Four ways to cope with low returns


Four ways to cope with low returns
  1. Four ways to cope with low returns
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    Personal Finance

If you rely on historical returns to guide your financial plan, then you may want to rethink your strategy. As I argued recently, investors need to brace themselves for substantially lower returns versus what they are accustomed to. It’s a helpless feeling—but investors aren’t completely powerless in this situation.

We can distill your choices in this situation into four options:

Brace for lower returns

  1. Invest (save) more while you’re working

  2. Invest more aggressively

  3. Accept a lower standard of living (income stream) in retirement

  4. Retire later

     

Most people can mix these variables and aim to tweak them to suit their circumstances. Life is about trade-offs and whatever you choose ought to reflect both your situation and your values. I might add that the obvious admonition to lower your costs should go without saying.

Save more in your working years

In working with about 100 hundred families from across the country, I can tell you that the appetite for putting aside more money is still quite low. Anyone in the lowest tax bracket (under about $45,000) needn’t save much—and ought to be investing in a TFSA when they save. Wealthy people (say those with a personal income over $150,000) should aim to maximize both RRSPs and TFSAs. Obviously, the more you make, the more you should be willing and able to save. Setting aside 10% of earned income is a bare minimum and if you want to a comfortable retirement then you will likely need to set 15% of your income. But if you plan to retire early then you’ll likely need to set aside 20% of your income to make that happen.

Get aggressive

As a general rule, most people’s tolerance for risk is fairly stable over time. If you’re counting on your portfolio for income then you’re likely to be more sensitive to the lower returns because retirees can’t capitalize on market dips the way people who are still working can. But that said, I don’t generally counsel people to invest any more aggressively than they have in the past—assuming their risk tolerance was properly calibrated in the first place. This is a good time for investors to reexamine their risk profile and to consider whether they can take on more risk. If you are comfortable taking on more risk then consider increasing equity exposure by an additional 10%. One of my favourite phrases for this decade has been “70/30 is the new 60/40”.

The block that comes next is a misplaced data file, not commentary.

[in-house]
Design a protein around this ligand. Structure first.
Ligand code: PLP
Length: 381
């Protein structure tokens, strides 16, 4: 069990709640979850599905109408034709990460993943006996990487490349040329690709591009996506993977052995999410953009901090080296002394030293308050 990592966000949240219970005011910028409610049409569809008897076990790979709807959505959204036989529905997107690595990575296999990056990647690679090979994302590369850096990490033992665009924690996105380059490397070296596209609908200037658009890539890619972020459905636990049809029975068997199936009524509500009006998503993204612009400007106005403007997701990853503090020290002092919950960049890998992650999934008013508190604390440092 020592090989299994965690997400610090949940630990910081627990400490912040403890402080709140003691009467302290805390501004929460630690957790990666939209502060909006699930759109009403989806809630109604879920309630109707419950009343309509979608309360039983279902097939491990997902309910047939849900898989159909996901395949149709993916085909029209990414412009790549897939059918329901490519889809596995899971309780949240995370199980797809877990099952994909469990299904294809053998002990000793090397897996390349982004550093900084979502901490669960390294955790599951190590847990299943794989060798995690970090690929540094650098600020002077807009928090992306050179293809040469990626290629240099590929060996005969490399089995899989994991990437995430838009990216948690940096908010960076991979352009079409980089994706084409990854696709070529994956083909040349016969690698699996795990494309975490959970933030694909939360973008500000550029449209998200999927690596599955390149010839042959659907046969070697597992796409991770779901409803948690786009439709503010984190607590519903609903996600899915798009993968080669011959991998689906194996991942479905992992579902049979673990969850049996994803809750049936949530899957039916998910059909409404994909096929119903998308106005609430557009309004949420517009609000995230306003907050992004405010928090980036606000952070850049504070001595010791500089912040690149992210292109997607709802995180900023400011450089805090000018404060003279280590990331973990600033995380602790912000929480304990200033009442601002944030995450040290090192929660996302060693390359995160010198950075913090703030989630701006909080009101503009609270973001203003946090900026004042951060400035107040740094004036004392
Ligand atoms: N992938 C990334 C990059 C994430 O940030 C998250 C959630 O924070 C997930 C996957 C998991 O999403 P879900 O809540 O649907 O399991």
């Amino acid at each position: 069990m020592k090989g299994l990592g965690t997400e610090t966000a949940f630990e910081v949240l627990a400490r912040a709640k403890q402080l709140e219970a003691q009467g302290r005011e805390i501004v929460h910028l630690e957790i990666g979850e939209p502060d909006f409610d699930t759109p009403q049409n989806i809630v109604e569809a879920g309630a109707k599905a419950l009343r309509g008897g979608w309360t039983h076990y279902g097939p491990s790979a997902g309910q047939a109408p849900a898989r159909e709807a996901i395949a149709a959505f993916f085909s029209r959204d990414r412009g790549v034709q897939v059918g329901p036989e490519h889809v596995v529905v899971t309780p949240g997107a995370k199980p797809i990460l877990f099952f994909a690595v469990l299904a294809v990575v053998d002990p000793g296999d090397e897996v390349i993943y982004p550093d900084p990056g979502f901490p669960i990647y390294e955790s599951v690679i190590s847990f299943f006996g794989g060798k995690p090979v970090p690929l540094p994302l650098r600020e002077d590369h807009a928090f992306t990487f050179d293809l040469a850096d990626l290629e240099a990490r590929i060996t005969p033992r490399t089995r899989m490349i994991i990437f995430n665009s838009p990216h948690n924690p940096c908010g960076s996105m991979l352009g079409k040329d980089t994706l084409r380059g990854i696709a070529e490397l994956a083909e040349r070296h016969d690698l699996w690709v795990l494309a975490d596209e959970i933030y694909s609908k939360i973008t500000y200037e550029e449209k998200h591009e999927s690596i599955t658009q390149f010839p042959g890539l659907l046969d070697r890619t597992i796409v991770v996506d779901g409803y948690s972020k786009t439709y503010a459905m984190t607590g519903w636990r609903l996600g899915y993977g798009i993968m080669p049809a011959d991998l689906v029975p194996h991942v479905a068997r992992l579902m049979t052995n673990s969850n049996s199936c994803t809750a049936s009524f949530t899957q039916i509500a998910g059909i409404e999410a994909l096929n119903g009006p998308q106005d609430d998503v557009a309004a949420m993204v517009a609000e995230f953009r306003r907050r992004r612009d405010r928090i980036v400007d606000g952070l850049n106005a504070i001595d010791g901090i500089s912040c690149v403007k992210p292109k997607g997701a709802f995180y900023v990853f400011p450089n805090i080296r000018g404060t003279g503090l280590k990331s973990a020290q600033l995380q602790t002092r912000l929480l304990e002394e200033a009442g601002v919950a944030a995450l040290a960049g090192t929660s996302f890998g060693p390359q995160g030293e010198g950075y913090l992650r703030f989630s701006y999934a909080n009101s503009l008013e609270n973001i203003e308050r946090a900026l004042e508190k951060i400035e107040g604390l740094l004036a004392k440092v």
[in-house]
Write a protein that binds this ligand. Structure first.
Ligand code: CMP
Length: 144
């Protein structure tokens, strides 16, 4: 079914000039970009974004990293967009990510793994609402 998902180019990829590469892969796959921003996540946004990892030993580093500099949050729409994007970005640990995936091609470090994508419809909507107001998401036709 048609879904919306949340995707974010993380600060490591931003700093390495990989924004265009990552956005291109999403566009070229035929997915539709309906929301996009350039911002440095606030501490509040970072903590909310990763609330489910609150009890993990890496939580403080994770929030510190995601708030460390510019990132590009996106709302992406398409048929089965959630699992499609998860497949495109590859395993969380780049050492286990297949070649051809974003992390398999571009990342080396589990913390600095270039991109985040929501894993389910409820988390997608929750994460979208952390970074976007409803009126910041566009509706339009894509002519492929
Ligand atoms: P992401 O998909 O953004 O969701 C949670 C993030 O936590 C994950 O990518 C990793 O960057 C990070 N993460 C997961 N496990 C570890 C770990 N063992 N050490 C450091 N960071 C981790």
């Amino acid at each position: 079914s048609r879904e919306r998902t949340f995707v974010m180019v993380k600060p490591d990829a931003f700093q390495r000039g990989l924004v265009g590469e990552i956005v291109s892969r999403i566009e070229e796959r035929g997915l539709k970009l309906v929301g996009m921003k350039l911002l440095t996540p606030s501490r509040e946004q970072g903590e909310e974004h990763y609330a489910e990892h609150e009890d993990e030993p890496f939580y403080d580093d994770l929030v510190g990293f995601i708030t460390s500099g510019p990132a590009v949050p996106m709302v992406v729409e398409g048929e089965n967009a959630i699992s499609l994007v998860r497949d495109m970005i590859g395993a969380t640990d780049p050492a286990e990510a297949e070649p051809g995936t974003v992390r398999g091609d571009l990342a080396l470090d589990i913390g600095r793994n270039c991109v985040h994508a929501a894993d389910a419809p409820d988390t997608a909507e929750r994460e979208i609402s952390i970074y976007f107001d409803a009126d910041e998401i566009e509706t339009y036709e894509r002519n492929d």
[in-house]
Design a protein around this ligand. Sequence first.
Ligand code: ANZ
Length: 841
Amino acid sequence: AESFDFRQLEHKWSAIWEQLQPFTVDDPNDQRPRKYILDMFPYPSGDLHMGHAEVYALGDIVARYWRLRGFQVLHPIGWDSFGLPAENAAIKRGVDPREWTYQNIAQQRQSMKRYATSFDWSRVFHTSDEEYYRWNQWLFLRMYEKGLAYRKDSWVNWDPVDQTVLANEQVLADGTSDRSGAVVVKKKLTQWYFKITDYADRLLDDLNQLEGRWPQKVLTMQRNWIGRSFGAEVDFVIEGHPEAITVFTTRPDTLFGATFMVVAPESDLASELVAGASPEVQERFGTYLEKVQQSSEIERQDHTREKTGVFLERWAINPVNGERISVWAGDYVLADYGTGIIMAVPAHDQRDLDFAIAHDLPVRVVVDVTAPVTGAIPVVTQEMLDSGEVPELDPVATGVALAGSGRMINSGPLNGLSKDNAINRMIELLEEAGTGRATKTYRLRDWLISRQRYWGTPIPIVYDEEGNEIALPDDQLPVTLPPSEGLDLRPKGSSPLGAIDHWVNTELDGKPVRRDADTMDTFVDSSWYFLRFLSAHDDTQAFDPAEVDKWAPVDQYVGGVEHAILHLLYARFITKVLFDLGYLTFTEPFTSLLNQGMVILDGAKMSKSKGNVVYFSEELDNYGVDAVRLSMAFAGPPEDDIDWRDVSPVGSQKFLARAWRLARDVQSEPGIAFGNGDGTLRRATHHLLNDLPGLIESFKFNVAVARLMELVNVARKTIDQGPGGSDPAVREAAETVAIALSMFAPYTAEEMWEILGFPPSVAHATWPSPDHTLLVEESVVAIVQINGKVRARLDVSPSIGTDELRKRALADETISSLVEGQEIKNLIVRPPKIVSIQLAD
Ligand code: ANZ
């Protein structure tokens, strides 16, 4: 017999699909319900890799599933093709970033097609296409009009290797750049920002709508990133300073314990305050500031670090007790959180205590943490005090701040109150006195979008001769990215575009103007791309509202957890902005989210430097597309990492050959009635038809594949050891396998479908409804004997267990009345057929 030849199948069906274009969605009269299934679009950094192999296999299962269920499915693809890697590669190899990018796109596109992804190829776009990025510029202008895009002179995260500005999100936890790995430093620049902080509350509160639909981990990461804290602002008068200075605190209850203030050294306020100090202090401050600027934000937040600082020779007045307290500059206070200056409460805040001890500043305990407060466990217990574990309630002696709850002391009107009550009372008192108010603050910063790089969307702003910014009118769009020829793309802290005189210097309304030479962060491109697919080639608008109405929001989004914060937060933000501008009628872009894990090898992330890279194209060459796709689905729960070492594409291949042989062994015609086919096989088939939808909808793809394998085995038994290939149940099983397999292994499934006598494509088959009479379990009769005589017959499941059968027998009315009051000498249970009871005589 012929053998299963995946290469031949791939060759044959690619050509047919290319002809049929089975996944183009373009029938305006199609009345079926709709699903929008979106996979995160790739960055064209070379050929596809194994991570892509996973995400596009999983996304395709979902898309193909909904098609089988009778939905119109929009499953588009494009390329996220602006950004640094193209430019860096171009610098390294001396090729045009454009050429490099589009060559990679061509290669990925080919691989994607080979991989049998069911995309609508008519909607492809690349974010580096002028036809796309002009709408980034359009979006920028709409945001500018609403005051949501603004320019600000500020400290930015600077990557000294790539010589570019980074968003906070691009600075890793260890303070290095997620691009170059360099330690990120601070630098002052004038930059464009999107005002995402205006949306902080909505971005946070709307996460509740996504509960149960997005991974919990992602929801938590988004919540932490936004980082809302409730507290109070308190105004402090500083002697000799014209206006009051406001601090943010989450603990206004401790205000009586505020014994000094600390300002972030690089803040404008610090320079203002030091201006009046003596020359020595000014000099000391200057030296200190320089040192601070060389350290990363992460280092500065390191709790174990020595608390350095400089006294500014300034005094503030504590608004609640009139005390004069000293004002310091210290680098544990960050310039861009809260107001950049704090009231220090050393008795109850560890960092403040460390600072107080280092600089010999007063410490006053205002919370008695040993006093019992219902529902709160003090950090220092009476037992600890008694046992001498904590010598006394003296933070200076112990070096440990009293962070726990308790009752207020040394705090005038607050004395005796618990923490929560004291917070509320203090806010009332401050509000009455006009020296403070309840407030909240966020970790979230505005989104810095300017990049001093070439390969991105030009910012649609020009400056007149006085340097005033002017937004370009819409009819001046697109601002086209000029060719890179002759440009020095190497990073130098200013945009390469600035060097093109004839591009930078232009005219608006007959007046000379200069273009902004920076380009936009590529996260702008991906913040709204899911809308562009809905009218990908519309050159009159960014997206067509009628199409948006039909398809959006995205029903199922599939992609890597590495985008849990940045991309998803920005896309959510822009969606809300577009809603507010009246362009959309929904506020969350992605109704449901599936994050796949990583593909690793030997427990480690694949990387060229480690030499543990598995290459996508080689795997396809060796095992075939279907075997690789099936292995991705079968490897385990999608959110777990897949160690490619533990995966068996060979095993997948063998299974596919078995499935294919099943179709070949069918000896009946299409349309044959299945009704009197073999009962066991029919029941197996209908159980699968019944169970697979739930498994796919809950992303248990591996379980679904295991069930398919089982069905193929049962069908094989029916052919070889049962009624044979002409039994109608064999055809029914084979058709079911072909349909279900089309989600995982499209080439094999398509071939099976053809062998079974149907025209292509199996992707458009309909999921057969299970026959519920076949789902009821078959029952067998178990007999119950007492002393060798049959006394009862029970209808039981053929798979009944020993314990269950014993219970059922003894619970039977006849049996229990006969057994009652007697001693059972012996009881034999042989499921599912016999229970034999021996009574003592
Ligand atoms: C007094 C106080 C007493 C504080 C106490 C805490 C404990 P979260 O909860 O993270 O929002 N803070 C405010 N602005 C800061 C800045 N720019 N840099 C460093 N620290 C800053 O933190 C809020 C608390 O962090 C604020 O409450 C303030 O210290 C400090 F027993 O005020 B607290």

Of course, if you’re working with an advisor answers to a compliance department, a 10% variance from your long-term goal is likely all that will be tolerated, so don’t go overboard.

Lower expectations

Accepting a lesser quality of life is the sort of thing that no one willingly chooses. For some retirees reading this, however, it might be the only remaining workable solution. Of course, this should only be a last resort if all else fails.

Hold off on retirement

The ultimate guide to the Canadian Couch Potato Portfolio

That leaves us with the option of retiring later in life than we may have originally expected. To me, this is the easy winner in the great retirement multiple choice contest. First off, most people are living much longer than earlier generations have. Life expectancy has been increasing by about two years per decade for a few decades now. In short, someone who is 30 years younger than you might reasonably expect to live six years longer than you do – all else being equal. It’s simply not reasonable to expect to live longer than ever before, but not have any more money than ever before.

I’d like to encourage people to split those extra years of their lives equally between work and play. For every decade that you are older, consider working (and playing) a year longer because you’ll likely be living two years longer than someone who is a decade older than you. The rule of thumb that I’m fond of is to use the decade of your birth to be the last number in your retirement age. Those born in the 5…

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